1. What is your favorite thing about being a transfer student in the Philly region?

I honestly fell in love with this city as soon as I got here. There’s always something to check out from sports to art to food to music, which is so different from the quiet town I grew up in where everyone knows everyone. I’m definitely an extrovert, so living in a busy city like Philly means I’m finding even more of my style. Also, as a transgender person, everything feels so much more accessible here. Especially with everything going on in the news about us recently, it’s nice to have the community here in the city.

  1. What is your advice to someone who is considering transferring schools?

For potential transfer students: don’t be afraid to try something different! You need to consider what you do like about your current college, but also see if you can find colleges that have what you’re missing, even if it seems like a long shot. I started at a state school in a small town, so everyone expected me to just transfer to one of the other PASSHE schools because it’d be easier, but I mostly only applied to colleges in and around Philadelphia because I knew I needed a change of scenery—even if moving to a major city means a culture shock at first. And there are so many colleges in this area, so I really had to consider the pros and cons of each, but it worked out because La Salle is a much better fit for me.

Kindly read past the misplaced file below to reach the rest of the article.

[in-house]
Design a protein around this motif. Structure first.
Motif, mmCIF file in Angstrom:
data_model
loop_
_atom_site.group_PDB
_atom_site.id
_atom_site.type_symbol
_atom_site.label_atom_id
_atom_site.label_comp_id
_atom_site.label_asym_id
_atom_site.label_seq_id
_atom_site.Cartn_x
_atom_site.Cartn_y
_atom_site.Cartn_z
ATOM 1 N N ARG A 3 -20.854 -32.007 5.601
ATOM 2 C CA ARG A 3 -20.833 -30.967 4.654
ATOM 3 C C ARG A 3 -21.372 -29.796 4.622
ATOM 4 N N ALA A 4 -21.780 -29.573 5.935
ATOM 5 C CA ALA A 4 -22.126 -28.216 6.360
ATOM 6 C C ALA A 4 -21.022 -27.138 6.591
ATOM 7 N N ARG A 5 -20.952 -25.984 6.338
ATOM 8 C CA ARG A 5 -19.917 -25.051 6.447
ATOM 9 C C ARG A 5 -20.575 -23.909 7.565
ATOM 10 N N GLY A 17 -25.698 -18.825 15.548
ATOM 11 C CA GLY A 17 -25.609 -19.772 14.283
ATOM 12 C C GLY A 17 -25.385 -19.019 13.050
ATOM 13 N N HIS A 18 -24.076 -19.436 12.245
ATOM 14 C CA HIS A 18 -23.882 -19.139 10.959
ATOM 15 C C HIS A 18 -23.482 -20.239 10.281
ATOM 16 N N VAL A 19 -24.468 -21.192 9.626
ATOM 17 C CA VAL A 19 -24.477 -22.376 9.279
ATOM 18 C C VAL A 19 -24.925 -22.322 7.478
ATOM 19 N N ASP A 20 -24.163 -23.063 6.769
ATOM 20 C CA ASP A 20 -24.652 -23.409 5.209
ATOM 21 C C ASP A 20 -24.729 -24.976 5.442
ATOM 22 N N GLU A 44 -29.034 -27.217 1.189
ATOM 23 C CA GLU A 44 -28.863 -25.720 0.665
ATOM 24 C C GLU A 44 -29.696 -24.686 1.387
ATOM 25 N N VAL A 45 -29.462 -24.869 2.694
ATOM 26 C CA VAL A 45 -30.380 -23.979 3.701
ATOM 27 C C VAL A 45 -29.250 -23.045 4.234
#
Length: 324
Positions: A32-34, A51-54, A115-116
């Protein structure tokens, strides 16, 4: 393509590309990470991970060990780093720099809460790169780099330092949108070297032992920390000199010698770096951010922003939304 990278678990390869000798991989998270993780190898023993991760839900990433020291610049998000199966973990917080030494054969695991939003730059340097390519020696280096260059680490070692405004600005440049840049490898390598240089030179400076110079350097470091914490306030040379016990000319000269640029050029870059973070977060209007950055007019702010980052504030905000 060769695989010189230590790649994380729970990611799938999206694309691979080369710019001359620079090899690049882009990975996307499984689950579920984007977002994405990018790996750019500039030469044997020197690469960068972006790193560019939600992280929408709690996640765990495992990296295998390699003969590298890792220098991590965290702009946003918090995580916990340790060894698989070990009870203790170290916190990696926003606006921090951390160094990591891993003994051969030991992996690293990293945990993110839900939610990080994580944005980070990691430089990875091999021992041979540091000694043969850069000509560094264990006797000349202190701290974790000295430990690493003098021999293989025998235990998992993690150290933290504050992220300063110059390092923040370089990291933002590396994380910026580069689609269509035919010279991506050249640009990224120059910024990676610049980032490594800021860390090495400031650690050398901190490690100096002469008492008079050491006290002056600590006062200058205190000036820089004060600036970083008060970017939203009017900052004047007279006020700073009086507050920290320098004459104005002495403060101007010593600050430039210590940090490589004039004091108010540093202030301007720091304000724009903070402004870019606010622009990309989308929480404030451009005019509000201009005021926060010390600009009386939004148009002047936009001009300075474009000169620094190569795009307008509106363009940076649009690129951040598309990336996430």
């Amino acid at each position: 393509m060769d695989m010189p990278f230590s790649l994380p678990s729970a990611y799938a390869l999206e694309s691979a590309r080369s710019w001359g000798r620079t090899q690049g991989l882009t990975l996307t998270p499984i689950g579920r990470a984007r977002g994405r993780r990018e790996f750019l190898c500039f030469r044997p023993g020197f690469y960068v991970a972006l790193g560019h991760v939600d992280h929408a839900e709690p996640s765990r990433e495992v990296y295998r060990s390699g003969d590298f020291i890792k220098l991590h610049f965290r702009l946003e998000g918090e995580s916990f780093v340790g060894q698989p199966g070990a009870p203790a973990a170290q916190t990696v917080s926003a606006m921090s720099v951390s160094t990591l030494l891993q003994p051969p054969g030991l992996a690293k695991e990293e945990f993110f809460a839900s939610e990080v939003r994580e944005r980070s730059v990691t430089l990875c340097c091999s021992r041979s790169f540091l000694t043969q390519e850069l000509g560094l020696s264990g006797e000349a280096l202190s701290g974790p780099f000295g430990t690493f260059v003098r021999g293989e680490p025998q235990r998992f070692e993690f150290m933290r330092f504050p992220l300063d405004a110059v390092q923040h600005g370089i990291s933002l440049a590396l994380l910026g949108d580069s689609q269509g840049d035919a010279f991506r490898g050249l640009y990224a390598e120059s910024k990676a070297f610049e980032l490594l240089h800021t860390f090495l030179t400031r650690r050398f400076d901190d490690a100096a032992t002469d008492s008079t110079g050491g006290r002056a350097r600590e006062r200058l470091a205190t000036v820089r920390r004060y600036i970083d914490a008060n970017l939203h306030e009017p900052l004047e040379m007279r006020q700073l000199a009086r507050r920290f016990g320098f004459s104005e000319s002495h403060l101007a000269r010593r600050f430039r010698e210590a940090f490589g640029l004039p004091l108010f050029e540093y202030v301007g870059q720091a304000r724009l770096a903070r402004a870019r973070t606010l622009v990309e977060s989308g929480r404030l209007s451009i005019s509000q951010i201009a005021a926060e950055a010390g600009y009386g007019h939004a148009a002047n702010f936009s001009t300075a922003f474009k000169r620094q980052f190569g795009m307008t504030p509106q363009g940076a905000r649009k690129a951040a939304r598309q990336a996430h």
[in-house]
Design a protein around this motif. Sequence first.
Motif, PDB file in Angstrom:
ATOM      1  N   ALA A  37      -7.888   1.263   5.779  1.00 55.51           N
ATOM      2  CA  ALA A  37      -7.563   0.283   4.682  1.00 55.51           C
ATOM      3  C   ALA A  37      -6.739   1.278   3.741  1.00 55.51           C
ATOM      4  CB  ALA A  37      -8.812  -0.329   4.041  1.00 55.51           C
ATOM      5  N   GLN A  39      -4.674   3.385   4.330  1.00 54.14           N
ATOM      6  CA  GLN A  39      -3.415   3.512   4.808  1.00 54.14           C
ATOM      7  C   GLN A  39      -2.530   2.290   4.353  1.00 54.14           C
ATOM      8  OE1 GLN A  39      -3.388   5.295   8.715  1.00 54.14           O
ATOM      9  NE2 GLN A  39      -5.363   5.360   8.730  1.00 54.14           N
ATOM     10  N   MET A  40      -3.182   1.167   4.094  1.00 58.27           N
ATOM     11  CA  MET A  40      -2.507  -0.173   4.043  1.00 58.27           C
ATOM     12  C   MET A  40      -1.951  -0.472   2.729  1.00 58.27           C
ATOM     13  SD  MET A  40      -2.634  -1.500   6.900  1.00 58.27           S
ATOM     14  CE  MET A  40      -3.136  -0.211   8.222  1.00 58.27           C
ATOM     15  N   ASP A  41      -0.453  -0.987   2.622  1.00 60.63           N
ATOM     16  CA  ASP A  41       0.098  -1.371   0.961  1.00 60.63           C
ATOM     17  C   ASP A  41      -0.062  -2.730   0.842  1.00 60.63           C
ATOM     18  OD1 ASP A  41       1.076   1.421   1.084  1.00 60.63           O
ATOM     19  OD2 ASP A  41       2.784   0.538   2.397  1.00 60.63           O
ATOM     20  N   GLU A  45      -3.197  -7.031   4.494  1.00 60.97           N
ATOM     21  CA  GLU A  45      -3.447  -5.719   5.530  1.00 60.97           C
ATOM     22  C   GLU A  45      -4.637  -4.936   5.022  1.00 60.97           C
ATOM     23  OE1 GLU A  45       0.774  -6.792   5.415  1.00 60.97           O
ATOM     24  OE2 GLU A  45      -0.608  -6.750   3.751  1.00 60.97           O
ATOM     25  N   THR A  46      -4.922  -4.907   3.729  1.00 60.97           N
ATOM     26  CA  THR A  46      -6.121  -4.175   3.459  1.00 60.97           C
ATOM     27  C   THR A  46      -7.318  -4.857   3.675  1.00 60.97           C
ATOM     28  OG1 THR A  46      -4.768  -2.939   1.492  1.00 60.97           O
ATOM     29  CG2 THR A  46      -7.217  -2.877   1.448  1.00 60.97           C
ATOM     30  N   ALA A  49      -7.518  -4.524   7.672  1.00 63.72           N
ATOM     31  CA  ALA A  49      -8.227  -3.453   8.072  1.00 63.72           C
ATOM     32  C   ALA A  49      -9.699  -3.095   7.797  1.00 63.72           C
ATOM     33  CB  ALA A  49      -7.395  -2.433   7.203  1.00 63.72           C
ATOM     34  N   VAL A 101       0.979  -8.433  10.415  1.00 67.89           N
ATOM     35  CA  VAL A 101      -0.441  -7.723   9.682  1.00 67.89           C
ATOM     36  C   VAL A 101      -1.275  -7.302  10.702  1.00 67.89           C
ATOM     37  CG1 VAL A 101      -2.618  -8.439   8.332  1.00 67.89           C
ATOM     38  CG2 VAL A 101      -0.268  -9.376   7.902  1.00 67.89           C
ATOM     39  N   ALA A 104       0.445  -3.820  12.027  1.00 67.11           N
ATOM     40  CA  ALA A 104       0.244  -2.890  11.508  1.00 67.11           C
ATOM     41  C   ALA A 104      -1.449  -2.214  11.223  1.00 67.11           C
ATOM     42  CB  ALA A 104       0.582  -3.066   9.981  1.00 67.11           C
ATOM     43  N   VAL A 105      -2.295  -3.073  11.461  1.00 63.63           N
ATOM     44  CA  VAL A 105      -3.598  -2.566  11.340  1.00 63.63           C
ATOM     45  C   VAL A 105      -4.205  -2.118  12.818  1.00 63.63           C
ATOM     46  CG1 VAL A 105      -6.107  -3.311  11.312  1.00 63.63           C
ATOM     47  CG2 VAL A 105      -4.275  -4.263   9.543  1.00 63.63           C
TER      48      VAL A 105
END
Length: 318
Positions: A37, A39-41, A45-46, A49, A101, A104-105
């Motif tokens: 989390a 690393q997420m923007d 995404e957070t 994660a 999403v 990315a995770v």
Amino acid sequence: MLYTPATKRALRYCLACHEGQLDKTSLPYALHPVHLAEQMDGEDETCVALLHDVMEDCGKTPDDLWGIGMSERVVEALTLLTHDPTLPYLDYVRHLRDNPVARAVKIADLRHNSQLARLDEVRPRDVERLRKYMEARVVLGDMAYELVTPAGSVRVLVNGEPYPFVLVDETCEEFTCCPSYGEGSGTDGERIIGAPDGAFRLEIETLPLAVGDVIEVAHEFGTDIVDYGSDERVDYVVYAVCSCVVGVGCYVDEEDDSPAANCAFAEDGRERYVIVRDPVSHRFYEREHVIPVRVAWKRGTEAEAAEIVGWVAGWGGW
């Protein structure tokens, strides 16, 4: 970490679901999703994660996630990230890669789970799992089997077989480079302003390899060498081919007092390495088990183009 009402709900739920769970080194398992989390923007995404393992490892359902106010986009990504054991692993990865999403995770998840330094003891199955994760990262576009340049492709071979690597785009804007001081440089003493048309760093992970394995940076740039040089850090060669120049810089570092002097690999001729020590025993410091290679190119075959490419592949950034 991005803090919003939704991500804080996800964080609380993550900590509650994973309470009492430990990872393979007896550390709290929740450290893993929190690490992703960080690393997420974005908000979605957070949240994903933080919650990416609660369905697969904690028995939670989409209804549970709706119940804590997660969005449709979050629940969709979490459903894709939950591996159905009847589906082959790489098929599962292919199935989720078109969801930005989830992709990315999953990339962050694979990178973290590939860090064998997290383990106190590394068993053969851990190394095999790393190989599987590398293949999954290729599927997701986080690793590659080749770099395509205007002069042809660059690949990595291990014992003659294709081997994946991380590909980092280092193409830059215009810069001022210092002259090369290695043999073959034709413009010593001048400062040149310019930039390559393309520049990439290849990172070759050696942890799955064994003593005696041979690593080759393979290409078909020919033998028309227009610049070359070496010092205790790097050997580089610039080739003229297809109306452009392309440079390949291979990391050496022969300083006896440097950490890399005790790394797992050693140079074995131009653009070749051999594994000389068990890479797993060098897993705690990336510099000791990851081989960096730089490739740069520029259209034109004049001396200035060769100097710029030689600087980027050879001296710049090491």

1. In what ways did you get acclimated on campus? What resources did you leverage?

As soon as I got all my transfer paperwork in, I made sure to get in contact with my advisor, professors, and even places like the career center to talk about my plans for the rest of my studies and for my career. One of the fun parts of starting over at a new college is getting to make new connections and talk to people about their experiences in the field. I also made it a point to go to events and check out clubs just to meet other students and get involved on campus. Heck, my first night here, my RA encouraged everyone on our floor to go to bingo night and a lot of us did, so that’s how I made my first friends at La Salle.